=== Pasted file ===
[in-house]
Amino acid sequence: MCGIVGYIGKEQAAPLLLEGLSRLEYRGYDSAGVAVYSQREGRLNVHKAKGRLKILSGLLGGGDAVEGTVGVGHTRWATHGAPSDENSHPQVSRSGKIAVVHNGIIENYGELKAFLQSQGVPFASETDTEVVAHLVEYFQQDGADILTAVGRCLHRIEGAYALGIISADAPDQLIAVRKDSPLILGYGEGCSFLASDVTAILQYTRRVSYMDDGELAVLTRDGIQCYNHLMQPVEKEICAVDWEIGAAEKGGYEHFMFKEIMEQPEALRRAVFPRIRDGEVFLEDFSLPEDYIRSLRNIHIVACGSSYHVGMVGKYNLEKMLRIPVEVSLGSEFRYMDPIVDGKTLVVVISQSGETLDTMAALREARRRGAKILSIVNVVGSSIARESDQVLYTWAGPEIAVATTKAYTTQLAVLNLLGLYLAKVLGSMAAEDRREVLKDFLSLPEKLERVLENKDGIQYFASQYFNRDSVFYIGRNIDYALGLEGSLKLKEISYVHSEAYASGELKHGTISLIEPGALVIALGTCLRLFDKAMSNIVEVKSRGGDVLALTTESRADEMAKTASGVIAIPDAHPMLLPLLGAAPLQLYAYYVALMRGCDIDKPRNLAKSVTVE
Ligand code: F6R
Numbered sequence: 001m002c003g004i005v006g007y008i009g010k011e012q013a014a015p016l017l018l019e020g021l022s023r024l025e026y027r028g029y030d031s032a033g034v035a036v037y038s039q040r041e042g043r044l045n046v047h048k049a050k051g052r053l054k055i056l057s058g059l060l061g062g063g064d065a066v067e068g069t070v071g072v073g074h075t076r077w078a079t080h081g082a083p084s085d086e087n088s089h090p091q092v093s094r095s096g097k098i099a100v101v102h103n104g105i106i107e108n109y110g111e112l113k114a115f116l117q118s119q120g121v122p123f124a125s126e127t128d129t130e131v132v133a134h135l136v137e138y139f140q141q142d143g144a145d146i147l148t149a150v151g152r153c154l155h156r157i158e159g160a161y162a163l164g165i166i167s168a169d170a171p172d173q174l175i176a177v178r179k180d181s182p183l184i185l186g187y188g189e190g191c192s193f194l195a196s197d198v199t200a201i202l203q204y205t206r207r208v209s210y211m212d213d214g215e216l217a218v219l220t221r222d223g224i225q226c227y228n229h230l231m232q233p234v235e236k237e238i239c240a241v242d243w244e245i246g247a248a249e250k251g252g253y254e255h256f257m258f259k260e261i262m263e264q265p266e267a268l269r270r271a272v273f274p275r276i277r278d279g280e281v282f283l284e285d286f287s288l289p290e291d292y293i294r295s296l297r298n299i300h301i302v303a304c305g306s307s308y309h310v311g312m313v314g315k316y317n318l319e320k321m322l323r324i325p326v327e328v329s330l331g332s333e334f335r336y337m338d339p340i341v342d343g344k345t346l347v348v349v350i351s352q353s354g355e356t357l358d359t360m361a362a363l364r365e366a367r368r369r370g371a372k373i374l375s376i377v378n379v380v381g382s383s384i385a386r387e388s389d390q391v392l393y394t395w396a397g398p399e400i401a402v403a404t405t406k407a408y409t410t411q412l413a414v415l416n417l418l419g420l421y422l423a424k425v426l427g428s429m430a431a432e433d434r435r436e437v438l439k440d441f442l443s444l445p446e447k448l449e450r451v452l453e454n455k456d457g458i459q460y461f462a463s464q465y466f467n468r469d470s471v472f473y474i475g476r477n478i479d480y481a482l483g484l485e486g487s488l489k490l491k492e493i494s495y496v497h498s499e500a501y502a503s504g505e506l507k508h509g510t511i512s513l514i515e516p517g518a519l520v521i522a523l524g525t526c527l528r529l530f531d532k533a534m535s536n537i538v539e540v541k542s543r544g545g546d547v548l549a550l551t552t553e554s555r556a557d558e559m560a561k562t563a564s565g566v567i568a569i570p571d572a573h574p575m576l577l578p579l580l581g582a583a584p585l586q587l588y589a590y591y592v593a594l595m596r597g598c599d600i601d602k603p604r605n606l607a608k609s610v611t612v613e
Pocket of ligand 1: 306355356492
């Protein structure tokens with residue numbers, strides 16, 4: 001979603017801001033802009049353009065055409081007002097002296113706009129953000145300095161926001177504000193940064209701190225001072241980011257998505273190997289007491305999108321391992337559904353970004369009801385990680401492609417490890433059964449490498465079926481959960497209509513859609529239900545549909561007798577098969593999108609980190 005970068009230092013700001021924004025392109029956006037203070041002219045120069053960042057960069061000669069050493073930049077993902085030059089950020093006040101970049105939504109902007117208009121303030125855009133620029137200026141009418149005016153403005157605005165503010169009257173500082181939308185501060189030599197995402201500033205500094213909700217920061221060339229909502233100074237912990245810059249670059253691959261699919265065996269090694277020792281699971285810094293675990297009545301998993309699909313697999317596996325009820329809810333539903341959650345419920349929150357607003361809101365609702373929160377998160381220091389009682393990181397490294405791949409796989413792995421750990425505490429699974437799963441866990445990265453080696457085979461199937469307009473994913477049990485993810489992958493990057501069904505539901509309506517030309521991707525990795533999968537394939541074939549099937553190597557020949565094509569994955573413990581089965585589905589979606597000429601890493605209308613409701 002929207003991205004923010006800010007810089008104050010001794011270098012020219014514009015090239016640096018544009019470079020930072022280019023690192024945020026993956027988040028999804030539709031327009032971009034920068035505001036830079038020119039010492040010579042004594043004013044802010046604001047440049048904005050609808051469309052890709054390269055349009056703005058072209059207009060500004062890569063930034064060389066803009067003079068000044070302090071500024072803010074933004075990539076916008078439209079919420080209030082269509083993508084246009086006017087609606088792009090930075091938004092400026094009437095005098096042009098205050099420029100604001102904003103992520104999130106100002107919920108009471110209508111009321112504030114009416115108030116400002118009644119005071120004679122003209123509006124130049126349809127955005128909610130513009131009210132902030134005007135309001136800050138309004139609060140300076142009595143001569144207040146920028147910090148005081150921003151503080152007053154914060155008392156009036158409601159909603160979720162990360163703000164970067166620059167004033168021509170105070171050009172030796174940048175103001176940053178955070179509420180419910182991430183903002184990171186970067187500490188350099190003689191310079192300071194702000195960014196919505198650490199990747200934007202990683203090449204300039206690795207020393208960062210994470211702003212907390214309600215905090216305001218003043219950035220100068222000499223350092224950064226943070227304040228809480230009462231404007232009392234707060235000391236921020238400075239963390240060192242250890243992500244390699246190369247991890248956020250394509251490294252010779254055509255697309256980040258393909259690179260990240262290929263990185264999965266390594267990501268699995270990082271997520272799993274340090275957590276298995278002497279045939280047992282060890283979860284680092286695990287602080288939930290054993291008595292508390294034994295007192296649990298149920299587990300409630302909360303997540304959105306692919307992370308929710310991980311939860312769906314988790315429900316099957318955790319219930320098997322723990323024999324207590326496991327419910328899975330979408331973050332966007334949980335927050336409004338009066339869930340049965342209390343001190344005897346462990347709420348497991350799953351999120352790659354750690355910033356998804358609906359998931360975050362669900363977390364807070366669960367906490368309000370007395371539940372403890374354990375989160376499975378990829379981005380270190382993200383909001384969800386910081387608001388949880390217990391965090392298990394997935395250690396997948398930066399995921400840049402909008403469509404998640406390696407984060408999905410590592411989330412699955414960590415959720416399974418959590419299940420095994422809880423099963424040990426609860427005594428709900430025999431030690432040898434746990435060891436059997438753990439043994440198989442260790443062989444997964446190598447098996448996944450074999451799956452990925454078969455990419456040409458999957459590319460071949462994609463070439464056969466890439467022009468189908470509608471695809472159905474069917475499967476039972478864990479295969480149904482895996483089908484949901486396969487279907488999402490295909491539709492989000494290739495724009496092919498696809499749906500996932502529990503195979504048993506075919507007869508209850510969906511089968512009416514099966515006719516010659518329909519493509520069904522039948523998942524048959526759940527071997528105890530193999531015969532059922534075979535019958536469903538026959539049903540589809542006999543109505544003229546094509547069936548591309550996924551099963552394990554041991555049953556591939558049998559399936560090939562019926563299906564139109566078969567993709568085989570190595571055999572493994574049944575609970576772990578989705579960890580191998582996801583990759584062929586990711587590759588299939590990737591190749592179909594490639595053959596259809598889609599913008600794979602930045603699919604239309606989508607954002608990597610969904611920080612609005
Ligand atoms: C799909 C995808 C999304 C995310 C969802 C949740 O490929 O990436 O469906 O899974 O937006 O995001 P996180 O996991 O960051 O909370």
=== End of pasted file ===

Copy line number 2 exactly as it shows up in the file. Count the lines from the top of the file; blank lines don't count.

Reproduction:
Amino acid sequence: MCGIVGYIGKEQAAPLLLEGLSRLEYRGYDSAGVAVYSQREGRLNVHKAKGRLKILSGLLGGGDAVEGTVGVGHTRWATHGAPSDENSHPQVSRSGKIAVVHNGIIENYGELKAFLQSQGVPFASETDTEVVAHLVEYFQQDGADILTAVGRCLHRIEGAYALGIISADAPDQLIAVRKDSPLILGYGEGCSFLASDVTAILQYTRRVSYMDDGELAVLTRDGIQCYNHLMQPVEKEICAVDWEIGAAEKGGYEHFMFKEIMEQPEALRRAVFPRIRDGEVFLEDFSLPEDYIRSLRNIHIVACGSSYHVGMVGKYNLEKMLRIPVEVSLGSEFRYMDPIVDGKTLVVVISQSGETLDTMAALREARRRGAKILSIVNVVGSSIARESDQVLYTWAGPEIAVATTKAYTTQLAVLNLLGLYLAKVLGSMAAEDRREVLKDFLSLPEKLERVLENKDGIQYFASQYFNRDSVFYIGRNIDYALGLEGSLKLKEISYVHSEAYASGELKHGTISLIEPGALVIALGTCLRLFDKAMSNIVEVKSRGGDVLALTTESRADEMAKTASGVIAIPDAHPMLLPLLGAAPLQLYAYYVALMRGCDIDKPRNLAKSVTVE